Does Anyone Still Have A Landline?

Don’t get your telephone cord in a twist!

In an era of smartphones, the thought of a landline dials up nostalgic memories for many of us—of Friday nights spent gushing with classmates about crushes or of weekly catch-ups with out-of-town grandparents. Sure, cell phones are more convenient in a number of ways, but there’s something to be said for the old faithful landlines too. Here’s why we’ll always have a soft spot for them.

First things first, for lots of folks, having a landline is a matter of practicality and accessibility. “We have one in my family’s home because the cell service is so bad in our tiny mountain town,” says assistant editor Cameron Beall. “I remember sitting on the kitchen counter as a kid calling my friends to make plans.”

There’s also something to be said for a phone you can’t take wherever you go: You can’t lose it. “My mom had a landline until probably four months ago,” says staff travel writer Tara Massouleh McCay. “To be honest, I don't like that she got rid of it because she's notoriously bad about turning her cell on silent for hours and never looking at it, so I liked being able to have another way to get in touch. No way to ‘misplace’ or turn a landline on silent!”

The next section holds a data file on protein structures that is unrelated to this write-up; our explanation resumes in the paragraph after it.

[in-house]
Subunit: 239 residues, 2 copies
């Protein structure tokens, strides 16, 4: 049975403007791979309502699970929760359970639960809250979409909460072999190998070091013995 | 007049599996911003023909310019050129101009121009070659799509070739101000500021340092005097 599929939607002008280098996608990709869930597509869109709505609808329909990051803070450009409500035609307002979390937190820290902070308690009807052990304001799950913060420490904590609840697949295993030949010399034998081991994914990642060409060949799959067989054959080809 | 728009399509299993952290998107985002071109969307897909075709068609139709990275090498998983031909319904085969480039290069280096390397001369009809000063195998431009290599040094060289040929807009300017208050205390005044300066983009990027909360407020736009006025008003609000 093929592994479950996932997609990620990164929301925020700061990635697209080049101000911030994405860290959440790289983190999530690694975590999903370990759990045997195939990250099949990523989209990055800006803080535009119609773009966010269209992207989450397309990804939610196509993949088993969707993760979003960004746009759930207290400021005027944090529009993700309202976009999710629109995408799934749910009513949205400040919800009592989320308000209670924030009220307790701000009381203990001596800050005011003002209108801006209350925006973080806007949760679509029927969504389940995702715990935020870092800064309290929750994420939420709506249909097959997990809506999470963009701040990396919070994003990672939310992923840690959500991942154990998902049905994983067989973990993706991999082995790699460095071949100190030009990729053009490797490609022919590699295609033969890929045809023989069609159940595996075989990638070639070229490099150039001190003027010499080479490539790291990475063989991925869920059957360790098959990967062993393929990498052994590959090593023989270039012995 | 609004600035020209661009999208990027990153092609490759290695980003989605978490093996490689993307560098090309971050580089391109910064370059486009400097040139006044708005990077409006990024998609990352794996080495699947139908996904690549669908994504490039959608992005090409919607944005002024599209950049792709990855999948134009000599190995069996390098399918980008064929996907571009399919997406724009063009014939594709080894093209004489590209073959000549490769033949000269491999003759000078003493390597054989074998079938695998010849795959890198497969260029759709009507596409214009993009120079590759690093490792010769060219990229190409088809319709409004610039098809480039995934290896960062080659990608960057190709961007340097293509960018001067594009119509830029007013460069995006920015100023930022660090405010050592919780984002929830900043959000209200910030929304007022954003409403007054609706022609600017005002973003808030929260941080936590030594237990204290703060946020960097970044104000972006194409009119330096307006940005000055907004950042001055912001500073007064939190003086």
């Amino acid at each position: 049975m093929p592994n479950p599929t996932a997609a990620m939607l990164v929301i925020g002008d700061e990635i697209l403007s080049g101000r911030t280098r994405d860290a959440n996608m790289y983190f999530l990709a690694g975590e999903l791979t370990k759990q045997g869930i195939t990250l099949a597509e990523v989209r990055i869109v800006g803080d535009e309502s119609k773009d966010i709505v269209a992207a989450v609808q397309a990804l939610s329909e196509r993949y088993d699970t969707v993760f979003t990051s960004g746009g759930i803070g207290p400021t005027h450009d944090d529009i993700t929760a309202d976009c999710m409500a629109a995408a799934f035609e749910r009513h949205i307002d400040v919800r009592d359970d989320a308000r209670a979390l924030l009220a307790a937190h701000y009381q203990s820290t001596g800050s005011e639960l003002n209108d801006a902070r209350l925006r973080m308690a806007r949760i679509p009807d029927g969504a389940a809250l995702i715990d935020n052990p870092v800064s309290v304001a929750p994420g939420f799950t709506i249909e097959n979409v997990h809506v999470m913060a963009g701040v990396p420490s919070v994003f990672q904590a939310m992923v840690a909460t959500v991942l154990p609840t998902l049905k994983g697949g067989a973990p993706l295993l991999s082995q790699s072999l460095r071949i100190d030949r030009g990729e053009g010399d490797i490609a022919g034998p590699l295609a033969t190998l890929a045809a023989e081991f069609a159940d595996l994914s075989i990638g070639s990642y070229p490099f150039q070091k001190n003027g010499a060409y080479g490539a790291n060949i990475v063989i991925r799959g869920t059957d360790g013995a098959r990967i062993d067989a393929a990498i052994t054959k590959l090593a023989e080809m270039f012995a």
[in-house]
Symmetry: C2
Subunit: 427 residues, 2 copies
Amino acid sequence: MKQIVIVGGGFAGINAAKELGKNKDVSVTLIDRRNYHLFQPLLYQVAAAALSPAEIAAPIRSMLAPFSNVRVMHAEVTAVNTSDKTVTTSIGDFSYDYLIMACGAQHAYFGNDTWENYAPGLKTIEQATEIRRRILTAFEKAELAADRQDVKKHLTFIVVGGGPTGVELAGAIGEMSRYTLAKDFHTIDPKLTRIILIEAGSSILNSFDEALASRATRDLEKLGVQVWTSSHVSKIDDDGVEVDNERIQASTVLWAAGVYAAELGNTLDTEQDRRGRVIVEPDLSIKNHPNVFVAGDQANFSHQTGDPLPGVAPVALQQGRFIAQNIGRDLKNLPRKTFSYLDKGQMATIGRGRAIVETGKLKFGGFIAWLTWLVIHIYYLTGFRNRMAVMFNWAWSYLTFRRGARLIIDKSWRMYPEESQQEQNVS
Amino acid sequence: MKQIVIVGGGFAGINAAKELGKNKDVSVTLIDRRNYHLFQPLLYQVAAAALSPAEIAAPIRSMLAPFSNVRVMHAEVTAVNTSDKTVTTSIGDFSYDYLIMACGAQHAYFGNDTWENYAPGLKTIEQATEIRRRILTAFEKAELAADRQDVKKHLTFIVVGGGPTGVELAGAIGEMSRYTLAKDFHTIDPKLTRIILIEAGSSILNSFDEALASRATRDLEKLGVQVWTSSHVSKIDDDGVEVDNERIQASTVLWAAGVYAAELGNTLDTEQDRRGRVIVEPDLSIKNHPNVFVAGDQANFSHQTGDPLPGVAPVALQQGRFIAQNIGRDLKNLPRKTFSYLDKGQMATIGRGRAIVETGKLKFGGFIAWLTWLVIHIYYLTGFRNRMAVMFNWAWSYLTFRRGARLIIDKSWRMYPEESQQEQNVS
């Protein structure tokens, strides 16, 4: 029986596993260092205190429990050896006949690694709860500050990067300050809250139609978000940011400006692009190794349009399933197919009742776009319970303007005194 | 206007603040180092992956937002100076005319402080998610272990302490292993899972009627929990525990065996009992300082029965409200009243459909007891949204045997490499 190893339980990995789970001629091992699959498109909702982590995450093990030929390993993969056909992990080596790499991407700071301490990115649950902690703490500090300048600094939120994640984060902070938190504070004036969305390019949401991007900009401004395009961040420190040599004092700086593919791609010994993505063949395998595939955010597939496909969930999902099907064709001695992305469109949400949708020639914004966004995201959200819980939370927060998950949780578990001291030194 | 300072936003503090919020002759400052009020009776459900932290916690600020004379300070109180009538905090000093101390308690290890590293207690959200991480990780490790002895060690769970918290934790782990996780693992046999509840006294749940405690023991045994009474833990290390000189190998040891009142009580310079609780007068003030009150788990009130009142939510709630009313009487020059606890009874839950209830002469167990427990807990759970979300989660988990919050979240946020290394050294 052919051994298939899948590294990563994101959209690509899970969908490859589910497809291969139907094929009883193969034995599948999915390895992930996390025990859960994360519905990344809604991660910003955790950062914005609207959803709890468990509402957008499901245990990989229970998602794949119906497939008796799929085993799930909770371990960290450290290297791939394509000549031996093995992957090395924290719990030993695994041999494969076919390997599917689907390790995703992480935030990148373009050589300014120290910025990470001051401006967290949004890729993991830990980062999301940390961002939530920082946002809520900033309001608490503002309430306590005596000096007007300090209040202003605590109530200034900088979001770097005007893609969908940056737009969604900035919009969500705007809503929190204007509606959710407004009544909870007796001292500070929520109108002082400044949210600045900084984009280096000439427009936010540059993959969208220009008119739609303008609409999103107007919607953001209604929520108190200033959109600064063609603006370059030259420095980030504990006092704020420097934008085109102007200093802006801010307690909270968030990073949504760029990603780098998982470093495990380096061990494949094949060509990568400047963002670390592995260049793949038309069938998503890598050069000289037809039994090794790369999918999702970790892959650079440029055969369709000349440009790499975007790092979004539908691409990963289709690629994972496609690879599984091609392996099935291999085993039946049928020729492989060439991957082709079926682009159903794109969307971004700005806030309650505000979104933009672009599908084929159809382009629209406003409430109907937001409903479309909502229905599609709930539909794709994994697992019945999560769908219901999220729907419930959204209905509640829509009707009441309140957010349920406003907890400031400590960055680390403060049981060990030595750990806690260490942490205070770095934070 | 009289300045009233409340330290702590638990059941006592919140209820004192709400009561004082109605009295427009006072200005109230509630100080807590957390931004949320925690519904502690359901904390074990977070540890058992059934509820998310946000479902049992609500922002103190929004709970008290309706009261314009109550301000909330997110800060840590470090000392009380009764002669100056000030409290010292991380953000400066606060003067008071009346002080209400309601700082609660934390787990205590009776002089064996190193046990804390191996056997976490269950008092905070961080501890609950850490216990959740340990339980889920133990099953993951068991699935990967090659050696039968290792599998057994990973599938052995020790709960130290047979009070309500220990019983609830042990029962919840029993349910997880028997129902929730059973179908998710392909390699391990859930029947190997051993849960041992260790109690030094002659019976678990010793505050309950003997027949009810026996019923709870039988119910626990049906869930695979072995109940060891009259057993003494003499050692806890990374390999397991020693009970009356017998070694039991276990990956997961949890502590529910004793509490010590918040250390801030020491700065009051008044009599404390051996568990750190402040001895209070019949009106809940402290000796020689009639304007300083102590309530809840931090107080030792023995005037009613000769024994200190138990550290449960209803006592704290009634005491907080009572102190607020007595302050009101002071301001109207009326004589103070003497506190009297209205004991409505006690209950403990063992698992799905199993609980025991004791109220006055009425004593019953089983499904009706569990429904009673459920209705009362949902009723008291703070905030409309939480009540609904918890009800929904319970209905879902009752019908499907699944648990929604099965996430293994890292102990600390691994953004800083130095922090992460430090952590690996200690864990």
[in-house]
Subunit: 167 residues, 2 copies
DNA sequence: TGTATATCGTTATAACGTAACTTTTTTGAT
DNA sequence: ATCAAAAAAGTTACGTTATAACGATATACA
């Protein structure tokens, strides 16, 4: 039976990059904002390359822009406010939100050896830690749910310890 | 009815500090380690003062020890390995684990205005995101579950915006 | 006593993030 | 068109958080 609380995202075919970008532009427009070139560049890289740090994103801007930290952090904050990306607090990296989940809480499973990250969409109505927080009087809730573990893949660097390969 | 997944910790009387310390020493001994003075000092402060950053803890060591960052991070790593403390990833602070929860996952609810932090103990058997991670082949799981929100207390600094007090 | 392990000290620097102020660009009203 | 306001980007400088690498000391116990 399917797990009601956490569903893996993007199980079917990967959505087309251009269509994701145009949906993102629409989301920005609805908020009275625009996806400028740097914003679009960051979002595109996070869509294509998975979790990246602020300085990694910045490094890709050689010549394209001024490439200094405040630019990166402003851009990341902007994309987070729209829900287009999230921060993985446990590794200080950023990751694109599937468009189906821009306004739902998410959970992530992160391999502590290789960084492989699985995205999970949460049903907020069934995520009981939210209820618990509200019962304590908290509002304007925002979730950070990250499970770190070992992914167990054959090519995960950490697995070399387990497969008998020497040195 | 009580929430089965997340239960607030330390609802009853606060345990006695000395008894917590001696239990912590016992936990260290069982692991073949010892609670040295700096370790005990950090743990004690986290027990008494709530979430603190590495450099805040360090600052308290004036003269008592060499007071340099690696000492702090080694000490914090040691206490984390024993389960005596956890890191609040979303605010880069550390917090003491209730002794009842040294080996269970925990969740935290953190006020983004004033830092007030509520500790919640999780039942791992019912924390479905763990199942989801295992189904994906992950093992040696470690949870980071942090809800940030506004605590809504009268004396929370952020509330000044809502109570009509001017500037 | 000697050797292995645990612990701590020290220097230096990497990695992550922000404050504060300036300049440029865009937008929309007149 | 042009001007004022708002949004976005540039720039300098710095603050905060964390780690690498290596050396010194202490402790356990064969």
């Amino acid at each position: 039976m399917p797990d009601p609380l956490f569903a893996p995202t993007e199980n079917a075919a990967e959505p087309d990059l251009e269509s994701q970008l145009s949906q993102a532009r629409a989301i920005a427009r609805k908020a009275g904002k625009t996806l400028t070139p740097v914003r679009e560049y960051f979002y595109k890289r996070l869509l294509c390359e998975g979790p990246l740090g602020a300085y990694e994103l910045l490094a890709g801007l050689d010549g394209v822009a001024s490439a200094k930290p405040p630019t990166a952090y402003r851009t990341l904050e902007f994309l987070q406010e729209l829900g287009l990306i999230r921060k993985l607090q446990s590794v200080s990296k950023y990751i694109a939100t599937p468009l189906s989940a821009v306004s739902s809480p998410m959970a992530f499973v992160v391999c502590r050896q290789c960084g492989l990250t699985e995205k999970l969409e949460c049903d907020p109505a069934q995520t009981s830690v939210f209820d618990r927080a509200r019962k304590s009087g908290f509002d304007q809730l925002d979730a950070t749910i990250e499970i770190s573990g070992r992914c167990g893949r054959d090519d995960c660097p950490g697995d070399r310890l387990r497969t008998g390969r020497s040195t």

Landlines are also an ideal tool for teaching phone etiquette. Of course, you can (and should) teach a child to graciously answer a cell phone, but with caller ID, the phrase “May I ask who’s calling?” loses a bit of its luster. 

While I don’t have a landline in my own home, my parents still have one at theirs, and it brings me great joy. Yes, I can reach them on their cell phones anytime, anywhere; but nothing gives me the warm fuzzies quite like calling “Home.” When I talk to them on the landline, I can easily picture where they’re sitting—stretched out on the olive green sofa or tucked into a dragonfly-embroidered club chair. It makes me feel instantly closer to them, even from a few states away. And that’s why I’ll always love a landline.

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